Donald Trump came out fighting last night as he slated his former “fixer” Michael Cohen and praised ex-campaign chief Paul Manafort as a day of high courtroom drama saw his presidency dealt what could go down in history as a double whammy of fatal blows.

Within the space of a few hours Mr Trump’s tenure in the White House suffered strike after strike, with the dramatic conclusion of two separate investigations into former close allies, both key figures in Special Counsel Robert Mueller’s investigation into alleged Russian election interference.

A disastrous day for the US President, which saw mounting calls for his impeachment, began in Virginia with his former campaign chairman Manafort being sensationally found guilty of eight charges of tax and bank fraud.

It followed a case which, bizarrely, saw items of clothes from his wardrobe – including an $11,000 ostrich coat – paraded before the jury. He now faces up to 80 years in jail.

At about the same time in New York, Mr Trump’s former personal attorney, Cohen, stunned a federal courtroom when he admitted he paid hush money to two women alleged to have had affairs with the then presidential candidate in the run-up to the 2016 US elections.

He said he had made the payments “at the direction of the candidate,” and had done so specifically to influence the outcome of the election.

Both cases had emerged from Mr Mueller’s far-reaching investigation into Mr Trump’s inner circle as he probes suggestions of Russian meddling in the 2016 election and possible obstruction of justice by the President.

Mr Trump has dismissed Mueller’s inquiry as a “hoax”.

While Manafort’s charges do not directly link to Special Counsel’s probe, they are being seen as a major victory for investigators.

Meanwhile, self-proclaimed Trump “fixer” Cohen’s decision to admit a string of charges, including tax evasion and two campaign finance violations, followed a warning he could face more than 12 years in prison.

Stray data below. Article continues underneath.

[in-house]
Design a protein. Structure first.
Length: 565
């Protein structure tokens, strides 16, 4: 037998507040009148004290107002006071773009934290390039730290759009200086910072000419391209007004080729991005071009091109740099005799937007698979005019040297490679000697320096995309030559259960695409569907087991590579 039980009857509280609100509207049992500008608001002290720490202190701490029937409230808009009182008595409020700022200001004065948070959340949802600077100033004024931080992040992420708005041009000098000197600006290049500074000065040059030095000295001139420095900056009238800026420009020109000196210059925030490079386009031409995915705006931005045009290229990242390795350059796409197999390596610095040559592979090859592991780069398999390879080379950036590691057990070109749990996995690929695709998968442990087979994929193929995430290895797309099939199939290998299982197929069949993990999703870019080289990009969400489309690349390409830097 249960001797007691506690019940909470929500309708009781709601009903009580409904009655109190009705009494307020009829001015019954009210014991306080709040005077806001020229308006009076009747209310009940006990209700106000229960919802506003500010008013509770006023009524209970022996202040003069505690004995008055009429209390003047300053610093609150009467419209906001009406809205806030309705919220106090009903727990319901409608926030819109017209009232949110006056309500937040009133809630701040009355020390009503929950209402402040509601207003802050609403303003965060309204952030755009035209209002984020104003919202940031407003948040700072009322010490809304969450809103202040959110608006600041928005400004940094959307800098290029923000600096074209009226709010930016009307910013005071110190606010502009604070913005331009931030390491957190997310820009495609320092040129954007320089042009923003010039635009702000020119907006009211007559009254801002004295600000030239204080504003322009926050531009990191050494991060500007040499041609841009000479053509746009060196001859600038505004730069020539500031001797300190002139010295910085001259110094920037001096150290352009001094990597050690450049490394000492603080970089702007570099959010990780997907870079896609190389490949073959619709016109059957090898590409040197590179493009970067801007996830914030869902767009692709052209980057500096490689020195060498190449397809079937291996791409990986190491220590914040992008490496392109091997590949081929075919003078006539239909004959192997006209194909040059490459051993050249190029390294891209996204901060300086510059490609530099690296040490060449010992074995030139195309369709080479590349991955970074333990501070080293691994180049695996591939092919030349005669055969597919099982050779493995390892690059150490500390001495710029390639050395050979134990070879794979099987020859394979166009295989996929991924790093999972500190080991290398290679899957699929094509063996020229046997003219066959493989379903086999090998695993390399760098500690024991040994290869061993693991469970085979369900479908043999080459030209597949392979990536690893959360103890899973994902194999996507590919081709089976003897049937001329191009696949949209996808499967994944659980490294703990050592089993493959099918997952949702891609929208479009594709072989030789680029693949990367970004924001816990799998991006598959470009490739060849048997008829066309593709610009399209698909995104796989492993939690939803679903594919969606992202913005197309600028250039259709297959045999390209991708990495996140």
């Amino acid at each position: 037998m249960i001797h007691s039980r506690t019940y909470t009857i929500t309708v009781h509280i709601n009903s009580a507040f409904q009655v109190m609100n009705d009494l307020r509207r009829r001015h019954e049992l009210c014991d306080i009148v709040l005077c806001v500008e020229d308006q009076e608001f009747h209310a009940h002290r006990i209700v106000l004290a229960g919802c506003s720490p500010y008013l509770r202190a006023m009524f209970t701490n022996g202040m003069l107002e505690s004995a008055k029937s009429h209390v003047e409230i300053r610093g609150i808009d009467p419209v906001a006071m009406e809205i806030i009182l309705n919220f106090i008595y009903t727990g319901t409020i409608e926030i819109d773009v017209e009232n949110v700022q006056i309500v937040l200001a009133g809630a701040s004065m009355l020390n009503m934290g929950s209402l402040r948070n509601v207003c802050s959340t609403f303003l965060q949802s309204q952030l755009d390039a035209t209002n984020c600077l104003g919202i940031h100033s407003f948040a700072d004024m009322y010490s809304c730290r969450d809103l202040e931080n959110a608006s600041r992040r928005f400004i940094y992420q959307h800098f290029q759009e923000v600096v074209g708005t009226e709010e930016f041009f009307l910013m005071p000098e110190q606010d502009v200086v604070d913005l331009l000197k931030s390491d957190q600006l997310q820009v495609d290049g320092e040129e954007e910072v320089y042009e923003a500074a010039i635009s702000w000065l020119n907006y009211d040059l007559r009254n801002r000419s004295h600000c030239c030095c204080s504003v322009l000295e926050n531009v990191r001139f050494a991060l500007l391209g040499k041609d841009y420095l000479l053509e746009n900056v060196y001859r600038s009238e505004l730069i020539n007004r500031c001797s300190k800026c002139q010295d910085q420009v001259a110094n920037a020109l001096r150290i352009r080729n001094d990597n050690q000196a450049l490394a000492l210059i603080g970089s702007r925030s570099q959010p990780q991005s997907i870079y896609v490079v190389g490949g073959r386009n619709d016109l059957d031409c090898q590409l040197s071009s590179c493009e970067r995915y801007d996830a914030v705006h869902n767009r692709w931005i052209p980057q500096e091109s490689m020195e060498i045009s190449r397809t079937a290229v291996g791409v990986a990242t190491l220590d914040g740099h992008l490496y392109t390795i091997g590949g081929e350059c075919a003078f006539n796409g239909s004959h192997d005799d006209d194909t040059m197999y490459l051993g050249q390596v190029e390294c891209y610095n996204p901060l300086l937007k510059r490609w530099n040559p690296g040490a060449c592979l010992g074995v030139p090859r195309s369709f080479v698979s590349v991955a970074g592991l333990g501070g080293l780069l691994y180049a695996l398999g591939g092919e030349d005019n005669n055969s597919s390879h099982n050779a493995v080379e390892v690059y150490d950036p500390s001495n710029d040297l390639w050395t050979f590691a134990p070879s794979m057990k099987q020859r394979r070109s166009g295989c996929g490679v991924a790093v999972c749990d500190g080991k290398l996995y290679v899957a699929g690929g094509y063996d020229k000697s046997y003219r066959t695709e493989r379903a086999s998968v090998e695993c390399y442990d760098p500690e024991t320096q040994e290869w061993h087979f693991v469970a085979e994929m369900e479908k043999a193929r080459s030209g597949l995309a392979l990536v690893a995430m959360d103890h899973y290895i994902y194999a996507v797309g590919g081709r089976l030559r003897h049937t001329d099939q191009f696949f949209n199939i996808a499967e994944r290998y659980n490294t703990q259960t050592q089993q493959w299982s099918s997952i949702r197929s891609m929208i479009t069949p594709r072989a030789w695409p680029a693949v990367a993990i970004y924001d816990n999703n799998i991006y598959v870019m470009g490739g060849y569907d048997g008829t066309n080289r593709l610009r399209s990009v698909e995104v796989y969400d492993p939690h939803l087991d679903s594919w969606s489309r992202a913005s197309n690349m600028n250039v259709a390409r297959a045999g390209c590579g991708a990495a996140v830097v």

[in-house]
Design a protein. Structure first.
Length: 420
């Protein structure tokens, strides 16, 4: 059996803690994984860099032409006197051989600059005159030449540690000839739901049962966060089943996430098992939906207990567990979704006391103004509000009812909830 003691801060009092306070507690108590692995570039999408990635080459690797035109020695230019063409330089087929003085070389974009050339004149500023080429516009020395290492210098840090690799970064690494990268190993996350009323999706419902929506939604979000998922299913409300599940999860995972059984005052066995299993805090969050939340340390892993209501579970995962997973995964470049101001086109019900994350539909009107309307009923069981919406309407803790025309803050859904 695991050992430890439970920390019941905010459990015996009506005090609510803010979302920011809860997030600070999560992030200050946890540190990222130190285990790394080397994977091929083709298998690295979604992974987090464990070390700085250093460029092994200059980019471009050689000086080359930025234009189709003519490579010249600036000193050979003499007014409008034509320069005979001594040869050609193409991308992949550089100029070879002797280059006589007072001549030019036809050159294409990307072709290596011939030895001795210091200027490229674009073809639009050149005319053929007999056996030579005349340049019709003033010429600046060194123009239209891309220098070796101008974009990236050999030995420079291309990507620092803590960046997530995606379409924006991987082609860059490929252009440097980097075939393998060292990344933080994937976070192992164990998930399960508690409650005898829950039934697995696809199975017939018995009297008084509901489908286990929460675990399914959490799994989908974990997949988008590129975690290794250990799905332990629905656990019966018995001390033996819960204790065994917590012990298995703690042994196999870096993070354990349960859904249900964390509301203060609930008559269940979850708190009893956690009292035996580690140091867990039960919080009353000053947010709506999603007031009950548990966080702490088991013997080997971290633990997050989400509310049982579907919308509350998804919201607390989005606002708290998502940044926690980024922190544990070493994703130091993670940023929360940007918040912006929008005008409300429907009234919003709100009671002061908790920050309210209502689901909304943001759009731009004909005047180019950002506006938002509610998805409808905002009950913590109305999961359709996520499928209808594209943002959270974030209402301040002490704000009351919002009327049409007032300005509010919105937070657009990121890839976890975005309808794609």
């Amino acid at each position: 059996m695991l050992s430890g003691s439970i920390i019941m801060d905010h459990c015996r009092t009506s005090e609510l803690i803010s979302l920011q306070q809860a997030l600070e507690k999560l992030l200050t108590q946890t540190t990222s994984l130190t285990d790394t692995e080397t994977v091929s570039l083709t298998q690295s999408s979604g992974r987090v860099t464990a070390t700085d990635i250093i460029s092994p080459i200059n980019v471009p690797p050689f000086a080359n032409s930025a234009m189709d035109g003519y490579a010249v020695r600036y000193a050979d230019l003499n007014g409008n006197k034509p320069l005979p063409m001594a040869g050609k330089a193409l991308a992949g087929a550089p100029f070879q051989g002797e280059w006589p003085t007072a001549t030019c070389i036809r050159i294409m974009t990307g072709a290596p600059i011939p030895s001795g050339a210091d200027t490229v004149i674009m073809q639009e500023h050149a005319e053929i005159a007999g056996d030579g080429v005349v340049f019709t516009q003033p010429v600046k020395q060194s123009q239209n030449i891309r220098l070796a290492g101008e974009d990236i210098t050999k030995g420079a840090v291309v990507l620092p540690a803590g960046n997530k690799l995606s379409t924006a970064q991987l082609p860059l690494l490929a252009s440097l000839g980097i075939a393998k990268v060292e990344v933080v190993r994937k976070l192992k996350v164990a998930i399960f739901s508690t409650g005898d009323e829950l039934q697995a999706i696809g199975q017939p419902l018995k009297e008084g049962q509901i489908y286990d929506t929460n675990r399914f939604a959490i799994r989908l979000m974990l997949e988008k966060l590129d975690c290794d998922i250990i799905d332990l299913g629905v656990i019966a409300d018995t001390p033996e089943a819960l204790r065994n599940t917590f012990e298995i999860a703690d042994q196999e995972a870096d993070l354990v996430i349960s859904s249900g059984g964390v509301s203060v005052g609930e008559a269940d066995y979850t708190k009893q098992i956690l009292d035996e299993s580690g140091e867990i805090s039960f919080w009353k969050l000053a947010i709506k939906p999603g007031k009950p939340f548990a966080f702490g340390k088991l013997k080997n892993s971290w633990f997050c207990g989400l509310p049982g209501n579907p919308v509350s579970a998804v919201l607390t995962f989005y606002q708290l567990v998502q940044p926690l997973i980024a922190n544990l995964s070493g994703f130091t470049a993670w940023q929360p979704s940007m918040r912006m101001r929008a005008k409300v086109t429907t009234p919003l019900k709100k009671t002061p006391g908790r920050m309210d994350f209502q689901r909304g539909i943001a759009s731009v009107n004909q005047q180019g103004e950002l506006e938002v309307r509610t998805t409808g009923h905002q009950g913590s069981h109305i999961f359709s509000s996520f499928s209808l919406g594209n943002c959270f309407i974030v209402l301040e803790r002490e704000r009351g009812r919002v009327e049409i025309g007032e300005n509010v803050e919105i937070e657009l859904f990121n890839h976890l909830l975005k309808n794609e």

Mr Trump quickly took to Twitter to heap praise on Manafort as “a brave man” who had refused to break under legal pressure, and to warn his followers: “If anyone is looking for a good lawyer, I would strongly suggest that you don’t retain the services of Michael Cohen!”

However, his former attorney’s shock admission is set to open the door to investigators seeking further details of his pre-election dealings, and raises the possibility of Manafort opting to work with Mueller’s team in the hope of a lighter sentence.

Cohen, Mr Trump’s confidante and keeper of his professional and personal secrets during his time in New York, is believed to have a catalogue of documents and alleged recordings related to his former employer.

Cohen’s attorney, Lanny Davis, suggested his client was set to open up about what he knows to Mueller’s investigators. “Under no circumstances would he accept a pardon from Mr. Trump,” Davis said, adding that the president “not only directed a crime, he’s part of a cover up.”

Earlier, the President had come out swinging as he arrived in Charleston, West Virginia, for a pre-scheduled rally, where he continued his attack on

Mueller and the Justice Department, calling Manafort’s conviction “very sad,” while continuing to assail Mueller’s inquiry as a “witch hunt.”

But legal analysts said the rapidly unfolding developments gave new legitimacy to Mueller’s work that even the most ardent Trump backers could not ignore.

“The saying goes that justice rides a slow horse, but it gets there eventually,” said Bruce Udolf, a criminal defence attorney in Florida who served as an associate independent counsel during the Whitewater investigation. “It got there Tuesday.”